Saturday Morning Cartoons: Green Lantern: First Flight

After a week-long hiatus due to my having various (mis)adventures at New York Comic Con, Saturday Morning Cartoons is back! It’s week 3 of DC Animated Universe week, and this time around we’ll be looking at a DC movie that is very close to my heart, Green Lantern: First Flight.

This movie was actually my first exposure to the Green Lantern Corps, and piqued my interest enough that I started reading the comics. But does it live up to my fond memory of it? Is it actually a good introduction to the character?

Green Lantern: First Flight tells the story of Hal Jordan (Christopher Meloni), a rogue pilot who stumbles upon an alien crash site during a flight simulation in the California desert. There he is given a green ring that bestows the power to turn thoughts into reality to all who wear it. Once Hal puts on the ring, he is transported to the planet Oa, where he is told that he will receive training to become a member of an intergalactic police force called the Green Lantern Corps, all of whom use the rings to fight crime throughout the galaxy. Well-respected Green Lantern member Sinestro (Victor Garber) takes Hal under his wing. The rest of the film chronicles Hal’s training and first mission as Earth’s Green Lantern member.

I am a very strong believer that the best superhero stories are origin stories. This is where First Flight excels. It not only explains the somewhat complicated concepts of the Green Lantern Corps and their power rings extremely well, but also manages to tell two fully-developed origin stories: that of Hal Jordan, the first human Lantern, and Sinestro, the Green Lanterns’ greatest adversary. The fact that the movie does these things so effectively within the constraints of its running time (an hour and fifteen minutes) is impressive. This is the origin story that the awful live-action Green Lantern movie wanted to be, and more.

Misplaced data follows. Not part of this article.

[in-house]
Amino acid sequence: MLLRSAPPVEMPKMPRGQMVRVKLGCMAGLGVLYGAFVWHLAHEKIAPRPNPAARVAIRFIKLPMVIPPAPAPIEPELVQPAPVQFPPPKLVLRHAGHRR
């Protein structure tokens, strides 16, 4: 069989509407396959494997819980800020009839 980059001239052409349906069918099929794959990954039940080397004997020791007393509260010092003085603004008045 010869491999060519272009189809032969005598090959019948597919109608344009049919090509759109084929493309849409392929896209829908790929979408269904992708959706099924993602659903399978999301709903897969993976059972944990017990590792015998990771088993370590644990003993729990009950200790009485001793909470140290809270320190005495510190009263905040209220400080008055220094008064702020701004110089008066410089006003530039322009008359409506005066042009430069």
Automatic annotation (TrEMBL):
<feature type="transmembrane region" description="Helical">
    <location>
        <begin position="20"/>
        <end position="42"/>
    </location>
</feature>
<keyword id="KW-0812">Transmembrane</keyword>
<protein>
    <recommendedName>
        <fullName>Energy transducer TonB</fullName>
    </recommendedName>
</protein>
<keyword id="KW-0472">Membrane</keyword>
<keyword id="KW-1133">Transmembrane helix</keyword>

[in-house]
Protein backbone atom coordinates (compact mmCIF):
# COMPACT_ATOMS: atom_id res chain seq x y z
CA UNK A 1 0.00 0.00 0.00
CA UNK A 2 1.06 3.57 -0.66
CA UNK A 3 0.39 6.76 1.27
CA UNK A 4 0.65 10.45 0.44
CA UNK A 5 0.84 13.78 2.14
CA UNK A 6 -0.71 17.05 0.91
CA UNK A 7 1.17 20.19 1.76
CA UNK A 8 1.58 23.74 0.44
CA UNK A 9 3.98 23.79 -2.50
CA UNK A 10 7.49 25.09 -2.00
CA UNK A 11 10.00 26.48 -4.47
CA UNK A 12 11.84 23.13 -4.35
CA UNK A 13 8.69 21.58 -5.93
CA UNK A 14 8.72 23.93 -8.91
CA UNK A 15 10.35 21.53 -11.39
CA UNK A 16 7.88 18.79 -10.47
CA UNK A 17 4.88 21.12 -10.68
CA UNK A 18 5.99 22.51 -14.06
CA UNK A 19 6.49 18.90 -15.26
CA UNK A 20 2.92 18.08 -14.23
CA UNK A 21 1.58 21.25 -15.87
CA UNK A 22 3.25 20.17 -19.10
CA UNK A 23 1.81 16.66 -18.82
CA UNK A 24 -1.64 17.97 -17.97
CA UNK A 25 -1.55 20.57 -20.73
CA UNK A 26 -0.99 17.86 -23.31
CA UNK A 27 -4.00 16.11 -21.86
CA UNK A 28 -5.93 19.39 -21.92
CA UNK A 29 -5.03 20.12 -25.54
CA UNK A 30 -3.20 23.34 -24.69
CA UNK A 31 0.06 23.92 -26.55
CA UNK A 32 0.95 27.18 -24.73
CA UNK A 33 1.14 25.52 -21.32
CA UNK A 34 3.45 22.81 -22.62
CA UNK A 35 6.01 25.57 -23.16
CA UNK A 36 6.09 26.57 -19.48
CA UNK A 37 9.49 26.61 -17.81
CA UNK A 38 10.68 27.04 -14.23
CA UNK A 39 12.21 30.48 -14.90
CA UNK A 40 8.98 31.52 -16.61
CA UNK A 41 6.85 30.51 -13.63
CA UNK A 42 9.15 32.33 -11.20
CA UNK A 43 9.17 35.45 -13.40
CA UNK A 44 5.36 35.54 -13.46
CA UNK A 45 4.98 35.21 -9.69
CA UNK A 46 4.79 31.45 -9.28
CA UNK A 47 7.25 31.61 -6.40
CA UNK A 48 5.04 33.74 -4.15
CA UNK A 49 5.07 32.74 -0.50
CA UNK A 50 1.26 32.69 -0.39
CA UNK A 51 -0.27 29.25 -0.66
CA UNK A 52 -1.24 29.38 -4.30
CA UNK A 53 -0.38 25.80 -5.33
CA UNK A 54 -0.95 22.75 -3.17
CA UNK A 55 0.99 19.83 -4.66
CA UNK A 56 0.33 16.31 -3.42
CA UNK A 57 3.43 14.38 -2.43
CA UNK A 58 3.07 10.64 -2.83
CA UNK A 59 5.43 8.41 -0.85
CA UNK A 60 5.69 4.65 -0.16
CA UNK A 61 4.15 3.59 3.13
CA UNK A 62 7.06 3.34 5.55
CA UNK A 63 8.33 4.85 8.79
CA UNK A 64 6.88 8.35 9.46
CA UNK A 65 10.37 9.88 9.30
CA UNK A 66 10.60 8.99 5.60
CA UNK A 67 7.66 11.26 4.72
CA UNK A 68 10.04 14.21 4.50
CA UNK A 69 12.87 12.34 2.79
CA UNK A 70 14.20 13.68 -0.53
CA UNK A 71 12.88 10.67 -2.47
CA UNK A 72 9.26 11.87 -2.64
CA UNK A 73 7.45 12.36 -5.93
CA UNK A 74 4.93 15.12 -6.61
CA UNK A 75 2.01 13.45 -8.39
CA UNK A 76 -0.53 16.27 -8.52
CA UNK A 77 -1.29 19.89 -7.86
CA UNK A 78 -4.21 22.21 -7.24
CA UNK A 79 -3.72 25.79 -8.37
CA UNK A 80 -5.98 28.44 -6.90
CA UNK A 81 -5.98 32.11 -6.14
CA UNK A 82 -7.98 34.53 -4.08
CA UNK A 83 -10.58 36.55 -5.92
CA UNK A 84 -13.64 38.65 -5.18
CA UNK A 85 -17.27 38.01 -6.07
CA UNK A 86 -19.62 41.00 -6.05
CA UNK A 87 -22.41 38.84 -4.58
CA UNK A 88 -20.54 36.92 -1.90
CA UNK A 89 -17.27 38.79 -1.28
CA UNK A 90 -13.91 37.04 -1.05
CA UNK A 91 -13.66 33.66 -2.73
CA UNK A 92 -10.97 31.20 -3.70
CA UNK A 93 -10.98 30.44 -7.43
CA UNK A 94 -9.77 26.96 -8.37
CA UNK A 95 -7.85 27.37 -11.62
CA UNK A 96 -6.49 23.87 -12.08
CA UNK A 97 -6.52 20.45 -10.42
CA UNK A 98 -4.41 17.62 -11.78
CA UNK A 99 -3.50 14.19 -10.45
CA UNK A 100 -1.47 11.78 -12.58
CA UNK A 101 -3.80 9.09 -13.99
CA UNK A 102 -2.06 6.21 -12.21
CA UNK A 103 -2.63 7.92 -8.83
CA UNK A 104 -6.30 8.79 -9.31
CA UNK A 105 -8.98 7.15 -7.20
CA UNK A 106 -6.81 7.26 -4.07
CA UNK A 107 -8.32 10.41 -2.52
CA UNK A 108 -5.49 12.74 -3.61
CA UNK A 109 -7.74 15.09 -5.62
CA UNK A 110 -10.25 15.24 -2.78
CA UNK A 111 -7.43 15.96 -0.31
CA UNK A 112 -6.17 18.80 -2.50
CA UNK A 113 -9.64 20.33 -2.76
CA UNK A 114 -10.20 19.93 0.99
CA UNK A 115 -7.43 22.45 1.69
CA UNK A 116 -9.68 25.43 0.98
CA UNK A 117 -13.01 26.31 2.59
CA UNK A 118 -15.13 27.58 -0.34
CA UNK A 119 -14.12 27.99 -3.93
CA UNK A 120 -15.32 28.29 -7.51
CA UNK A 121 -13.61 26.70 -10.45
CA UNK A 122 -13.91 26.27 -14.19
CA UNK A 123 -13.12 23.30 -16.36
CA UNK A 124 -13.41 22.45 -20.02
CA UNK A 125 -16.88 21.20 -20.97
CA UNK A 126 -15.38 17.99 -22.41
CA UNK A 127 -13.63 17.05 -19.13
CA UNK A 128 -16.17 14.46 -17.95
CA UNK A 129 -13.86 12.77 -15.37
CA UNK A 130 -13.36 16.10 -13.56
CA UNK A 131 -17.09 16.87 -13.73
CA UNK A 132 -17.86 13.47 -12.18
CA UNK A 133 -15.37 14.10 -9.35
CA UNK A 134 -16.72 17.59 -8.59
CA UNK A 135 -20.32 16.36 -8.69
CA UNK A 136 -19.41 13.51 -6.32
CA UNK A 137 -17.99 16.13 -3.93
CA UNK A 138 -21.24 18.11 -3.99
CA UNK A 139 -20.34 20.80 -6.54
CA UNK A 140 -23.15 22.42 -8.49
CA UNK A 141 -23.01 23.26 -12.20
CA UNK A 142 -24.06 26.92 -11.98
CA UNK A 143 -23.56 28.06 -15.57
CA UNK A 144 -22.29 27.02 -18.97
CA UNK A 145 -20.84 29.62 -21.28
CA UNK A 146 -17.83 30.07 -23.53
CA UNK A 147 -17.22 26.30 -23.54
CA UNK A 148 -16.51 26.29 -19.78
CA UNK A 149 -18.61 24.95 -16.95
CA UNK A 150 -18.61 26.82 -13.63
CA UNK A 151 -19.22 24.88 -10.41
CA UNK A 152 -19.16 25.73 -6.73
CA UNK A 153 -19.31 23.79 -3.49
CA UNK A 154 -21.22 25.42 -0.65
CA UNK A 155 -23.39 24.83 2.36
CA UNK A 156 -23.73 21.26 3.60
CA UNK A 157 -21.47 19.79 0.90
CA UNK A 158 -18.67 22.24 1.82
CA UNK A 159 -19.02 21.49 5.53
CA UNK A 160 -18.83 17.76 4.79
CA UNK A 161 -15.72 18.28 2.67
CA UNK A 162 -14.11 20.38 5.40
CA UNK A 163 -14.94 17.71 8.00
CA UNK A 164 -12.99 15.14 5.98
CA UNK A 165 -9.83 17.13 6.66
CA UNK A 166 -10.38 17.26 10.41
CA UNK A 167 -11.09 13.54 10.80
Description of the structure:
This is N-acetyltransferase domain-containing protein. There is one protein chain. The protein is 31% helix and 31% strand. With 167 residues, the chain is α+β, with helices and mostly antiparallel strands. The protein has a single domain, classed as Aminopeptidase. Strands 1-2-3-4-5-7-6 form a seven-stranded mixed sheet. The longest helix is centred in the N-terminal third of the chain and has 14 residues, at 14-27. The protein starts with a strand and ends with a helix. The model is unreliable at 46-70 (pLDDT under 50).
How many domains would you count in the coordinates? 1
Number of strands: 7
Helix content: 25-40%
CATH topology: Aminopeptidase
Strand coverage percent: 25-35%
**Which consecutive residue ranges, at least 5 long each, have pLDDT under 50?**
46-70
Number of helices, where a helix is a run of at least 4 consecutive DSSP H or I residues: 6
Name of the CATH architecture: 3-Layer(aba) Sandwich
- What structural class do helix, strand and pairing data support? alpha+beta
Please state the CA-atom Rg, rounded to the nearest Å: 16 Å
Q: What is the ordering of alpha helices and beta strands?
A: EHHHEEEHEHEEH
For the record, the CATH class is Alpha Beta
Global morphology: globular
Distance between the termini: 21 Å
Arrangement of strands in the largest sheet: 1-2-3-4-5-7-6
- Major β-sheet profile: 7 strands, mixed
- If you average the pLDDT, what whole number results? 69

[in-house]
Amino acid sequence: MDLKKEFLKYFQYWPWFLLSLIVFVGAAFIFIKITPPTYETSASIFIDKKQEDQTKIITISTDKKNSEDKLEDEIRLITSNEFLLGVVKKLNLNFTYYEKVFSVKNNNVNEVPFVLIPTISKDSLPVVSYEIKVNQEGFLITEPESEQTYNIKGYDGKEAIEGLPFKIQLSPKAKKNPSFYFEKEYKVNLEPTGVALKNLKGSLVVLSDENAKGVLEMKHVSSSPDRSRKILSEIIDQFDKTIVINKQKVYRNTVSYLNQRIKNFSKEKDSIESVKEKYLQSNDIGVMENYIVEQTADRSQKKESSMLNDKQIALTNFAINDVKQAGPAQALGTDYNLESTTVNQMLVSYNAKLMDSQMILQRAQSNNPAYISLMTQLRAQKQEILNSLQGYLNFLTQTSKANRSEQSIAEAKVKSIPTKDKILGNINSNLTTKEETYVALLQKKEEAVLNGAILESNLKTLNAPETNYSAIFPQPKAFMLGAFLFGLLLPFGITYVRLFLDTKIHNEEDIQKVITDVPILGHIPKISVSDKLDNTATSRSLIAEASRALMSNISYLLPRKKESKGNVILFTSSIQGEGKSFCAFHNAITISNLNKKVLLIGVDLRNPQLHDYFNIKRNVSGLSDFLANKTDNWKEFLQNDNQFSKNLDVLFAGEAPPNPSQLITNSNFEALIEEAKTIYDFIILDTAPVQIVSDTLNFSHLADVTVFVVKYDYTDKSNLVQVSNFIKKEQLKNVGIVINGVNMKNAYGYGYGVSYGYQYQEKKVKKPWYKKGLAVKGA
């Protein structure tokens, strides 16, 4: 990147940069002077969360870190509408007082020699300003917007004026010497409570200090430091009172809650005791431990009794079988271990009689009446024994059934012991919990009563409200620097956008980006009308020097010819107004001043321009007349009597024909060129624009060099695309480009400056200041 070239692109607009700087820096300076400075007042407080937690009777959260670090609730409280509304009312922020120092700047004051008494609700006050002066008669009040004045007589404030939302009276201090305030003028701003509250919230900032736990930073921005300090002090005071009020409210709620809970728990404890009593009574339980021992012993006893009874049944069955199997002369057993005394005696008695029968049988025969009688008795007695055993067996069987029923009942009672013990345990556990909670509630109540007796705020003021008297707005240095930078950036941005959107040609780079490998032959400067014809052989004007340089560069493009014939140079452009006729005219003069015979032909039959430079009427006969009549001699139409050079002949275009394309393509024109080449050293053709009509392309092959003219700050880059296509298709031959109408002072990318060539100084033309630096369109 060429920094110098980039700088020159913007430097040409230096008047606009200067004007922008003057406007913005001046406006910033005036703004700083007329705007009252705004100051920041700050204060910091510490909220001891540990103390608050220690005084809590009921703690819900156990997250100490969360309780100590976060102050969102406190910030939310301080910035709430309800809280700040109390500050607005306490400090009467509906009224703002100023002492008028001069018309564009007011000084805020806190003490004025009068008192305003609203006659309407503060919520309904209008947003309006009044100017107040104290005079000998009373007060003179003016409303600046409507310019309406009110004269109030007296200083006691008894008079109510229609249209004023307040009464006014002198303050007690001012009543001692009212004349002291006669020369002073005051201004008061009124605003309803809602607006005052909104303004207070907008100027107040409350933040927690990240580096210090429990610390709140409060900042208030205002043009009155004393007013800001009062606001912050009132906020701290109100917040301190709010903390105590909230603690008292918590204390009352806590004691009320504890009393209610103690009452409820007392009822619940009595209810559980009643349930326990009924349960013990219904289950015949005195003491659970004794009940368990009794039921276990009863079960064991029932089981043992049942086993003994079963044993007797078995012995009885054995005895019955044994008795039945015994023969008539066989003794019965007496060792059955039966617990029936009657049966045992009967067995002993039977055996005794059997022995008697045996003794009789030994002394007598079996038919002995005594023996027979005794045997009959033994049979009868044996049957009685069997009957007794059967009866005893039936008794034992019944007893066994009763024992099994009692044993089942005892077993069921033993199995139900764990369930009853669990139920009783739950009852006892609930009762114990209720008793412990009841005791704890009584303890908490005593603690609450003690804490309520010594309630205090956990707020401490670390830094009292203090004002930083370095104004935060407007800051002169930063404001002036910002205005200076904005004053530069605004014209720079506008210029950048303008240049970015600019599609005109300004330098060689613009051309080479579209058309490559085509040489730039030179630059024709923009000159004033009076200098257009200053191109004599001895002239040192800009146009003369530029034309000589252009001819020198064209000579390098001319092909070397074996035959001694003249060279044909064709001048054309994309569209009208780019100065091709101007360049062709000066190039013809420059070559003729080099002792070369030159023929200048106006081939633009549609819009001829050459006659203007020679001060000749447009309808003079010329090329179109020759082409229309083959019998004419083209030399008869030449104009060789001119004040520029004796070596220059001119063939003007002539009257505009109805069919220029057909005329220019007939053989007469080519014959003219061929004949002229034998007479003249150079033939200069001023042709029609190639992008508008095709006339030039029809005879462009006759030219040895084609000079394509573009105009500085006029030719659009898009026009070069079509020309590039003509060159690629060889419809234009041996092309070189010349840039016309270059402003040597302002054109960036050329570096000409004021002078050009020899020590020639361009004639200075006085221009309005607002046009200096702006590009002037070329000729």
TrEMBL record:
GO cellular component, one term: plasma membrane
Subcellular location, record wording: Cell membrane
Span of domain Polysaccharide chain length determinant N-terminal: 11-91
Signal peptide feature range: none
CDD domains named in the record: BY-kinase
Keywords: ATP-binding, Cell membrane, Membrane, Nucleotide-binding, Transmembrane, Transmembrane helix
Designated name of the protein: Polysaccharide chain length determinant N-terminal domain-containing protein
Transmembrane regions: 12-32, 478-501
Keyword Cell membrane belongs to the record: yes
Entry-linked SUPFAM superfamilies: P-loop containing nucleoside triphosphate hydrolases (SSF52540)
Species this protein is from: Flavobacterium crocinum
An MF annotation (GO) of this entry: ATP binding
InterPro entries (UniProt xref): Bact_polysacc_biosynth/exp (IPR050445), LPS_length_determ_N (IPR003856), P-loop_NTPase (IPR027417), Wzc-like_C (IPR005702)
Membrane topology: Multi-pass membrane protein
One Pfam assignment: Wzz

The writing in general is just excellent. In addition to an involving and well-paced story, the film’s characters are fleshed out and will ring true for many viewers. There were clear motivations for each character’s actions, and it was refreshing to see such a colorful cast of characters. In fact, the movie featured a few characters that are relatively minor in the comics, such as Boodikka (Tricia Helfer) and Ch’p (David Lander).

Unfortunately, the voice acting in some cases didn’t do justice to the film’s great writing. The voice acting for Hal by Law & Order veteran Christopher Meloni was competent, though occasionally he sounded more less than enthusiastic. This was a recurring problem with the voice acting. Tricia Helfer, the usually talented actress who played Boodikka, sounded lifeless and bored throughout the film. Victor Barger as Sinestro and Michael Madsen as the brutish Kilowog (which is an awesome casting choice, if I’ve ever heard one,) both do particularly good work here, breathing life into an otherwise indifferent voice cast.

The animation in Green Lantern: First Flight was a bit…off. At times there were serious problems with perspective…

…and the character designs in general were just odd. I thought Hal’s face in particular was so chiseled that it looked grotesque:

I guess my complaint is that he was too handsome? This is a strange review.

But these are minor issues that didn’t take away from the film overall. The real problem with First Flight‘s animation was its horrible use of 3D models. Three-dimensional, non-cel shaded models were used extensively in the film, and the CGI looked terrible. Normally I wouldn’t let something like this bother me so much, but it looked so out of place. And let us not forget, this movie was released in 2009. There was really no excuse for something like this to make it into the final product:

Pixar did better than this in 1995.

My complaint isn’t even that it’s bad. I can deal with poor animation. Hell, I grew up on Hanna Barbera. My issue with this is that it’s both terrible and completely unnecessary. There was no discernible reason for these portions of the movie to be animated differently from the rest, and the end result is mind-bogglingly ugly. It takes me out of the scene, and I sincerely wish the animators had just kept the art uniform throughout the film.

As much as I’ve complained about them, the art and the voice acting don’t ruin Green Lantern: First Flight. The story and characters are still enjoyable, making for a pleasant experience overall. I maintain that this is a good introduction to a somewhat complicated continuity. I recommend it especially for those new to Green Lantern, but also to existing fans who want to see an alternate version of Hal’s origin story. Green Lantern: First Flight has some flaws, but it’s still a fun entry in the DC Animated Universe Canon.

Rating: ★★★☆☆

Smiling Hal recommends that you check out Cheshire’s other work on Saturday Morning Cartoons.

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